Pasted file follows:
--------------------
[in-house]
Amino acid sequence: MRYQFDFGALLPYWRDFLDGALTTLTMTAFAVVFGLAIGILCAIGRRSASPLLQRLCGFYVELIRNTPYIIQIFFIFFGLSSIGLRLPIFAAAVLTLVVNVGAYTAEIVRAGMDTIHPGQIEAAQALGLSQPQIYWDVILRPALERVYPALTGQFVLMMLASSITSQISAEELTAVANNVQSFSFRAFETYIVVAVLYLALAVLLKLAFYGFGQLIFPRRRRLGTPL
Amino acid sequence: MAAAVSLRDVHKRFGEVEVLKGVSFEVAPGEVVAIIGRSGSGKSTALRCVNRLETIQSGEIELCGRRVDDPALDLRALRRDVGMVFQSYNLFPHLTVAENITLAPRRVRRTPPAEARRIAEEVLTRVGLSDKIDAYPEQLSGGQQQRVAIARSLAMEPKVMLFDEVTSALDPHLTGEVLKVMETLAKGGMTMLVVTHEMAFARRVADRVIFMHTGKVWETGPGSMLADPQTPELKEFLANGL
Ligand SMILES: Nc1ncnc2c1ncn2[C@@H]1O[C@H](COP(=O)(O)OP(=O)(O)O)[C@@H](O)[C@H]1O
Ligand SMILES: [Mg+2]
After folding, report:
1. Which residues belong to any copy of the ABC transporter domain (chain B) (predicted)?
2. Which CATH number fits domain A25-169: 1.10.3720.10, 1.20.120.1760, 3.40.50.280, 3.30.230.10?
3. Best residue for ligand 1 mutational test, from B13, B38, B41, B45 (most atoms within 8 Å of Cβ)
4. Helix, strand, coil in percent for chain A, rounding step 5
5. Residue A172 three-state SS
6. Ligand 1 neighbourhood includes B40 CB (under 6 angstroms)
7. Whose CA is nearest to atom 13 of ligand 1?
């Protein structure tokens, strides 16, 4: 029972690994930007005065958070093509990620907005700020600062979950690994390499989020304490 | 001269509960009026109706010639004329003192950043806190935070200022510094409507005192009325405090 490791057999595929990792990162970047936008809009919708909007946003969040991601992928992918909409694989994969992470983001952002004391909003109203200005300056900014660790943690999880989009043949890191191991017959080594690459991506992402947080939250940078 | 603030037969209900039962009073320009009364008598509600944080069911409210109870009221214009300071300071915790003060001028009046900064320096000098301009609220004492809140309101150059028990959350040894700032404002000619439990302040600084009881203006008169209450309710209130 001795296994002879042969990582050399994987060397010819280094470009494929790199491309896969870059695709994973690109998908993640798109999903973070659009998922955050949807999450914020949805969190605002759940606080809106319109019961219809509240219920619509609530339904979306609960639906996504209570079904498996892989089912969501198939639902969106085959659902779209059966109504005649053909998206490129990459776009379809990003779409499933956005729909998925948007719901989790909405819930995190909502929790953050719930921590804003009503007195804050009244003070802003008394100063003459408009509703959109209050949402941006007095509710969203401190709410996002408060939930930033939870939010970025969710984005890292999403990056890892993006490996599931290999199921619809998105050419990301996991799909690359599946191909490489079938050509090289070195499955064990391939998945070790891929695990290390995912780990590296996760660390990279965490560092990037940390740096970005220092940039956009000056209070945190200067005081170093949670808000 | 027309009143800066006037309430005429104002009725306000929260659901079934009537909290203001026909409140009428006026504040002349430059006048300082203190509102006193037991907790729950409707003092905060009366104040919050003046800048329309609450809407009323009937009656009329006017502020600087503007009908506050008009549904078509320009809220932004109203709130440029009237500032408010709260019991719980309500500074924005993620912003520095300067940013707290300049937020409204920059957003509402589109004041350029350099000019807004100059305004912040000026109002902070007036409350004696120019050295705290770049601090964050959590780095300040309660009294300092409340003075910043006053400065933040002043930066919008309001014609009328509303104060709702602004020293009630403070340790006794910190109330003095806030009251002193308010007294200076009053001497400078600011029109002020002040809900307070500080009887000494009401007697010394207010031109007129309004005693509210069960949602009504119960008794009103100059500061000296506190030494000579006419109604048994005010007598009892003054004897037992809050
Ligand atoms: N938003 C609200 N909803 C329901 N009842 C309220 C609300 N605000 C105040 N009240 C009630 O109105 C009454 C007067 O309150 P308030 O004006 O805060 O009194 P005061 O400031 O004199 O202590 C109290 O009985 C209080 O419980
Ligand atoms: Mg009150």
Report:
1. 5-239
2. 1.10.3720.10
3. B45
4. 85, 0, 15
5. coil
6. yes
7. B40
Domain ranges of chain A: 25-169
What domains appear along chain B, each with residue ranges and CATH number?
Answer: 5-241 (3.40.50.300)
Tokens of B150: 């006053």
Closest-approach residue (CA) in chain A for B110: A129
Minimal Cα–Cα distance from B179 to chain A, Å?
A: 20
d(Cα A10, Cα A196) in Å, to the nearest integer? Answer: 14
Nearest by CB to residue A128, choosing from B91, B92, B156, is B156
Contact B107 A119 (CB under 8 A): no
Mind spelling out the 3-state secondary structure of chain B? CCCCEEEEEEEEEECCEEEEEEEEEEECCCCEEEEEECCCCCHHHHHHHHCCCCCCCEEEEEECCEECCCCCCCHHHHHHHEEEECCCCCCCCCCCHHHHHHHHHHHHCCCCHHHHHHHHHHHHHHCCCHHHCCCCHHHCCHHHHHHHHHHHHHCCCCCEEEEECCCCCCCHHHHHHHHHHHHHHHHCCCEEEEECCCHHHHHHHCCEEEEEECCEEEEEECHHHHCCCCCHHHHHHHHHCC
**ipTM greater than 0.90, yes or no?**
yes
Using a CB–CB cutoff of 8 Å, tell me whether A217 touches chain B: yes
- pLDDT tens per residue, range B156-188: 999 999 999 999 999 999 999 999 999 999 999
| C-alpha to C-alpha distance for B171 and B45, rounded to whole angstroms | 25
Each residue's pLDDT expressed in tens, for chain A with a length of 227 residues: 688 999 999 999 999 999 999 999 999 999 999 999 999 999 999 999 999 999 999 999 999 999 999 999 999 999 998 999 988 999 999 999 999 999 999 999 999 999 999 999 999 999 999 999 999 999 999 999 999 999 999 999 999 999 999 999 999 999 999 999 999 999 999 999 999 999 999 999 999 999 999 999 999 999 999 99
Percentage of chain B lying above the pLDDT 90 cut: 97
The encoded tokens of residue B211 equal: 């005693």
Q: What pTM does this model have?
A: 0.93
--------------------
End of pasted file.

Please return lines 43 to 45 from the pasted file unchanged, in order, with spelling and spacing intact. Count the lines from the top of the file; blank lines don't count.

The encoded tokens of residue B211 equal: 């005693």
Q: What pTM does this model have?
A: 0.93